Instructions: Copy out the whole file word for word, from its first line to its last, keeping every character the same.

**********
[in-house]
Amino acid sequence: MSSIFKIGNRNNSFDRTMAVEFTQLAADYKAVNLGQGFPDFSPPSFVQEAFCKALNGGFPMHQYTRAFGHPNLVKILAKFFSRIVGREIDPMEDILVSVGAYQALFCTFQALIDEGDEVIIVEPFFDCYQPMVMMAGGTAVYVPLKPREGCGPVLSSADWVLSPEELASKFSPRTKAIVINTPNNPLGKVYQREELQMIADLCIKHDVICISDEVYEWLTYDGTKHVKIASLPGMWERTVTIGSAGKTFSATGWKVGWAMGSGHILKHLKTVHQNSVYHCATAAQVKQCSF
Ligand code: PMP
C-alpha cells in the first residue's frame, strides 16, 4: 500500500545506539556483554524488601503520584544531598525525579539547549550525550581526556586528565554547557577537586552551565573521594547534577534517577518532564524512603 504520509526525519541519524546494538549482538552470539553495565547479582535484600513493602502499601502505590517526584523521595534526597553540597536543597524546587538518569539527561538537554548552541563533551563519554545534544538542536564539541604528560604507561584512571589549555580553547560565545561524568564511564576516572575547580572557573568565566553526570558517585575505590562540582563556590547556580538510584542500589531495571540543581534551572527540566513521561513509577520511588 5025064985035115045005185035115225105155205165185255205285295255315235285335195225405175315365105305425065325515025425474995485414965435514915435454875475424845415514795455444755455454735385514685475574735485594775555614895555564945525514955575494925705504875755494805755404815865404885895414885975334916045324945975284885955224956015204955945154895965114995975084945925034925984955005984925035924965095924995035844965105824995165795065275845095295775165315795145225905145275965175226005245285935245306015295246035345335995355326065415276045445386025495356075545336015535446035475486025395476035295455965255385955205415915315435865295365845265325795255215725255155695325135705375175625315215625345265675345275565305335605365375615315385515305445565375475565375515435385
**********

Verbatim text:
[in-house]
Amino acid sequence: MSSIFKIGNRNNSFDRTMAVEFTQLAADYKAVNLGQGFPDFSPPSFVQEAFCKALNGGFPMHQYTRAFGHPNLVKILAKFFSRIVGREIDPMEDILVSVGAYQALFCTFQALIDEGDEVIIVEPFFDCYQPMVMMAGGTAVYVPLKPREGCGPVLSSADWVLSPEELASKFSPRTKAIVINTPNNPLGKVYQREELQMIADLCIKHDVICISDEVYEWLTYDGTKHVKIASLPGMWERTVTIGSAGKTFSATGWKVGWAMGSGHILKHLKTVHQNSVYHCATAAQVKQCSF
Ligand code: PMP
C-alpha cells in the first residue's frame, strides 16, 4: 500500500545506539556483554524488601503520584544531598525525579539547549550525550581526556586528565554547557577537586552551565573521594547534577534517577518532564524512603 504520509526525519541519524546494538549482538552470539553495565547479582535484600513493602502499601502505590517526584523521595534526597553540597536543597524546587538518569539527561538537554548552541563533551563519554545534544538542536564539541604528560604507561584512571589549555580553547560565545561524568564511564576516572575547580572557573568565566553526570558517585575505590562540582563556590547556580538510584542500589531495571540543581534551572527540566513521561513509577520511588 5025064985035115045005185035115225105155205165185255205285295255315235285335195225405175315365105305425065325515025425474995485414965435514915435454875475424845415514795455444755455454735385514685475574735485594775555614895555564945525514955575494925705504875755494805755404815865404885895414885975334916045324945975284885955224956015204955945154895965114995975084945925034925984955005984925035924965095924995035844965105824995165795065275845095295775165315795145225905145275965175226005245285935245306015295246035345335995355326065415276045445386025495356075545336015535446035475486025395476035295455965255385955205415915315435865295365845265325795255215725255155695325135705375175625315215625345265675345275565305335605365375615315385515305445565375475565375515435385